veniently)  defined  to  be  zero, indicating only an action
     actually specifies the action followed by ENF_NOP, and indi-
     cating  only an operation actually specifies ENF_NOPUSH fol-
     lowed by the operation.

     After executing the filter command list,  a  non-zero  value
     (true)  left  on top of the stack (or an empty stack) causes
     the incoming packet to be accepted and a zero value  (false)
     causes  the  packet  to be rejected. (If the filter exits as
     the result of a  short-circuit  operator,  the  top-of-stack
     value  is  ignored.)  Specifying  an  undefined operation or
     action in the command list or performing an  illegal  opera-
     tion  or action (such as pushing a shortword offset past the
     end of the packet or executing a binary operator with  fewer
     than  two shortwords on the stack) causes a filter to reject
     the packet.


     The packet filter module is not dependent on any  particular
     device  driver  or module but is commonly used with datalink
     drivers such as  the  Ethernet  driver.  If  the  underlying
     datalink  driver  supports  the Data Link Provider Interface
     (DLPI) message set, the appropriate  STREAMS  DLPI  messages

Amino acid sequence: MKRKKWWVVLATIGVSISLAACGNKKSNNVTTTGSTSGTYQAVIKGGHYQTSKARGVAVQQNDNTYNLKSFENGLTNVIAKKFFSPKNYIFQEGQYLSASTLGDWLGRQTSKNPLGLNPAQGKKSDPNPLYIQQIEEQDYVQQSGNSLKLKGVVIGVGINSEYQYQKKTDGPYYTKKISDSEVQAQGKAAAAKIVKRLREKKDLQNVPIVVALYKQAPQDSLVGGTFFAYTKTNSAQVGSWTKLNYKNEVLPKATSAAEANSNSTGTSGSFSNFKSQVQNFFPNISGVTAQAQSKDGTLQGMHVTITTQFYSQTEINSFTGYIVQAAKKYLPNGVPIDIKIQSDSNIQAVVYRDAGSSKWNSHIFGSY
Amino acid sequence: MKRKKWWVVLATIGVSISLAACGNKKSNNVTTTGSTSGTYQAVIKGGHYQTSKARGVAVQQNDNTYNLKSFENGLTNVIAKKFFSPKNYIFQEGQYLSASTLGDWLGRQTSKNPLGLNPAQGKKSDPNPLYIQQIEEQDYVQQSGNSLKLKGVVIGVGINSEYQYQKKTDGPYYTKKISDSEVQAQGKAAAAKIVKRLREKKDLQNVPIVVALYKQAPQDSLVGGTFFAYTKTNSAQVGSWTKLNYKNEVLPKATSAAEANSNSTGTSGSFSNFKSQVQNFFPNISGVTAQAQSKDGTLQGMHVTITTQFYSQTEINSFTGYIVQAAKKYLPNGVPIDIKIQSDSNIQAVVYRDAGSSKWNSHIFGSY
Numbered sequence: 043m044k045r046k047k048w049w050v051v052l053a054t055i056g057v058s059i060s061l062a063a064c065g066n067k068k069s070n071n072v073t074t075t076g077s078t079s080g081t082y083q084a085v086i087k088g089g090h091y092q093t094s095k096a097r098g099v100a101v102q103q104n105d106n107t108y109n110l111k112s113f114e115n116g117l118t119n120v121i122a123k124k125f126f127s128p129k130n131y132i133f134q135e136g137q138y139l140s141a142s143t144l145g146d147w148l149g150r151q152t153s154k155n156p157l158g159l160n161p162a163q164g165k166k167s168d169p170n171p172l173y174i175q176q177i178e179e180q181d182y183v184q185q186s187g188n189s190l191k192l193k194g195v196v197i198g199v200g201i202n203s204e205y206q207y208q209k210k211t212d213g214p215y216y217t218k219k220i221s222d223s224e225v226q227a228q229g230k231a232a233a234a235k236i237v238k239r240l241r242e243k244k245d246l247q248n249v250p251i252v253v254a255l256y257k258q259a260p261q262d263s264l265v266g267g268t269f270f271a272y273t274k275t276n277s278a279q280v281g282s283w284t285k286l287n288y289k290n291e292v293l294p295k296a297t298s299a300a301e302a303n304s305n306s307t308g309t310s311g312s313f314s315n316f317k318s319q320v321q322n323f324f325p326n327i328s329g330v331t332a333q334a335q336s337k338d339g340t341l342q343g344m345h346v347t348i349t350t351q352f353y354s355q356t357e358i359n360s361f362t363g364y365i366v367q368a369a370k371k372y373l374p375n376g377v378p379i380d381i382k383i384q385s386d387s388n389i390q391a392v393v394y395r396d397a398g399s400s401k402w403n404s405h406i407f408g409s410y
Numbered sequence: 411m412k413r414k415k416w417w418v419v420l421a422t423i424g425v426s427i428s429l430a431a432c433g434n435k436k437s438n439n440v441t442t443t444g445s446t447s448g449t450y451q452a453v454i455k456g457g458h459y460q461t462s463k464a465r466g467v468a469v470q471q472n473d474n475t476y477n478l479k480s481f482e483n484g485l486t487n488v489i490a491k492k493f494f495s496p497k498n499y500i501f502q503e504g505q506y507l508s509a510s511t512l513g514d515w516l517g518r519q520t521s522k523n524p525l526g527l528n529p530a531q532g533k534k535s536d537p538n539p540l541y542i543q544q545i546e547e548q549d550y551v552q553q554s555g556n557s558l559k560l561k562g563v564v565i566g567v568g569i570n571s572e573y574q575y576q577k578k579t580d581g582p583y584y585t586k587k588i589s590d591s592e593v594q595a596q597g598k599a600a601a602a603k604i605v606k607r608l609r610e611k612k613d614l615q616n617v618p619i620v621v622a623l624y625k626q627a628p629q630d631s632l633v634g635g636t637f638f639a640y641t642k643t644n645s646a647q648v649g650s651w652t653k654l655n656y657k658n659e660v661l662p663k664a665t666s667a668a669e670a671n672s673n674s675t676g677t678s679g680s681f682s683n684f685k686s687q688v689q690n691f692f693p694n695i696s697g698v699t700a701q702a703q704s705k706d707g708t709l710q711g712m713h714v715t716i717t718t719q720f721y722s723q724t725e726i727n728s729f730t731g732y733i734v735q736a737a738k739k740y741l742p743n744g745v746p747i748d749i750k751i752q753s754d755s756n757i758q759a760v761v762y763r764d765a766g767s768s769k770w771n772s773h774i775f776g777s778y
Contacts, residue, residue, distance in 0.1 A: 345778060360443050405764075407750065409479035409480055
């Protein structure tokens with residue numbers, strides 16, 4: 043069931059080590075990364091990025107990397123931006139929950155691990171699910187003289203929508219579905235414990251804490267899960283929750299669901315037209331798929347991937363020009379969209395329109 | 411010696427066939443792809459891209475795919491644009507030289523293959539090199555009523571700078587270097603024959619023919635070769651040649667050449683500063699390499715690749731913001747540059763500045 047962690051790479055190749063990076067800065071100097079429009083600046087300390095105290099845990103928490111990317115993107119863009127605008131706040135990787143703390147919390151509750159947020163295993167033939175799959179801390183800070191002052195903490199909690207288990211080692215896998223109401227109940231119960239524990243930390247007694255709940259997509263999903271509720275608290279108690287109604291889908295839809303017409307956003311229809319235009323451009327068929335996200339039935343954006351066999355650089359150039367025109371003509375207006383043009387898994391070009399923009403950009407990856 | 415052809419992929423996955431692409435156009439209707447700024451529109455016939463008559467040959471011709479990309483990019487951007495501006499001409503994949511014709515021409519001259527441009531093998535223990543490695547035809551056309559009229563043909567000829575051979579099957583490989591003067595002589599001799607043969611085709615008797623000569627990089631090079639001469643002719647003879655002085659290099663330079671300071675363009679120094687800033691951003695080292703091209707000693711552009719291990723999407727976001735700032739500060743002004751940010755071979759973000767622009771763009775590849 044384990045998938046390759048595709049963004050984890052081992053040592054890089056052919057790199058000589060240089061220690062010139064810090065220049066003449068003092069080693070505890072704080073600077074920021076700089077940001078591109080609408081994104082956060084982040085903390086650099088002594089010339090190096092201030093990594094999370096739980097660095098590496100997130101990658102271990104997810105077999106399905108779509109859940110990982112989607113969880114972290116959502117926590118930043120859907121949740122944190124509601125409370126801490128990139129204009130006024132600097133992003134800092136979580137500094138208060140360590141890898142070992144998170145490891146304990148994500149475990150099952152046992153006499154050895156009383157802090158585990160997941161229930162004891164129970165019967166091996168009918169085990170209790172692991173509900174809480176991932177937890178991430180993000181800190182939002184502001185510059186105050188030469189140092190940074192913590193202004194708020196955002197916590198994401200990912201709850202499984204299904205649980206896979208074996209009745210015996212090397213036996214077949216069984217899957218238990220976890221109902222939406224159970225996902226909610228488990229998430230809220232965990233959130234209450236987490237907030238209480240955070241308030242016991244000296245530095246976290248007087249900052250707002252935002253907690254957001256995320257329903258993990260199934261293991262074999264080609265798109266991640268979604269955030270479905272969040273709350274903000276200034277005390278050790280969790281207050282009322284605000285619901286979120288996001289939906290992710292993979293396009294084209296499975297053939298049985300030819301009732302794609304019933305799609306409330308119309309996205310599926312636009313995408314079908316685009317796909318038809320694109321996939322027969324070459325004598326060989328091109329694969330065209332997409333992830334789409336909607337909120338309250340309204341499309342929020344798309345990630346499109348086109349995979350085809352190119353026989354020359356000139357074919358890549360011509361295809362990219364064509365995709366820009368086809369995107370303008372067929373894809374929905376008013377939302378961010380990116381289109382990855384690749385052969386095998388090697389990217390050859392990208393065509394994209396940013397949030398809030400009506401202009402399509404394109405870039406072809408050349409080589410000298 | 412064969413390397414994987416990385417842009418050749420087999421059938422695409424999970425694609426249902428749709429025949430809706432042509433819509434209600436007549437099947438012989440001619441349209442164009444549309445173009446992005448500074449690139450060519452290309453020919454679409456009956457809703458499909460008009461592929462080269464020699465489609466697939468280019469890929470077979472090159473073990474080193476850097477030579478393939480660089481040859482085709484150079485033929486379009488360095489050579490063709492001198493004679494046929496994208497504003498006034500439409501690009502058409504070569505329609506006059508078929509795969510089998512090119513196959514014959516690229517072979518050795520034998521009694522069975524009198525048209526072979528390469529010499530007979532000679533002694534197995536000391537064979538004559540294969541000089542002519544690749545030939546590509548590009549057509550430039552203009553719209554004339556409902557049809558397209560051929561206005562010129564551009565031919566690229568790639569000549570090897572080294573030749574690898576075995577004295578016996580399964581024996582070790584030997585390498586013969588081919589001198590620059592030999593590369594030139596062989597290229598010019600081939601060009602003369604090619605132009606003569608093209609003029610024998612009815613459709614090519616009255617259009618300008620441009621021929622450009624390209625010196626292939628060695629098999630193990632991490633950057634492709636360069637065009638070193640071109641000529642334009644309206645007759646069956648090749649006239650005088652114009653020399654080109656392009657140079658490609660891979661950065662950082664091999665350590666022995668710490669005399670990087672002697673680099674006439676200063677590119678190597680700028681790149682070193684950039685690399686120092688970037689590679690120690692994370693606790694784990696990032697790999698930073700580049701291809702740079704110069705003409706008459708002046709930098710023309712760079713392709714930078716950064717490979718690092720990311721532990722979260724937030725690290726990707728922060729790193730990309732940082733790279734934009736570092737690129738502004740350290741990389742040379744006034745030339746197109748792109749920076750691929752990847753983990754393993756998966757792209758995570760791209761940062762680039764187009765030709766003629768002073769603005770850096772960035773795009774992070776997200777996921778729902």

must be issued to attach the stream to a particular hardware
     device and bind a datalink address to the stream before  the
     underlying  driver  will  route  received  packets upstream.
     Refer to the DLPI Version 2  specification  for  details  on
     this interface.

     The reverse ARP daemon program may use code similar  to  the
     following  fragment  to  construct a filter that rejects all
     but RARP packets. That is, is  accepts  only  packets  whose
     Ethernet type field has the value ETHERTYPE_REVARP.

     struct ether_header eh;       /* used only for offset values */
     struct packetfilt pf;
     register ushort_t *fwp = pf.Pf_Filter;
     ushort_t offset;
     int  fd;
      * Push packet filter streams module.
     if (ioctl(fd, I_PUSH, "pfmod") < 0)

      * Set up filter.  Offset is the displacement of the Ethernet
      * type field from the beginning of the packet in units of
      * ushort_ts.
     offset = ((uint_t) &eh.ether_type - (uint_t) &eh.ether_dhost) /
          sizeof (us_short);
     *fwp++ = ENF_PUSHWORD + offset;
     *fwp++ = ENF_PUSHLIT;
     *fwp++ = htons(ETHERTYPE_REVARP);
     *fwp++ = ENF_EQ;
     pf.Pf_FilterLen = fwp - &pf.Pf_Filter[0];

     This filter can be abbreviated by taking  advantage  of  the
     ability to combine actions and operations:

     *fwp++ = ENF_PUSHWORD + offset;
     *fwp++ = ENF_PUSHLIT | ENF_EQ;
     *fwp++ = htons(ETHERTYPE_REVARP);


     bufmod(7M), dlpi(7P), le(7D), pullupmsg(9F)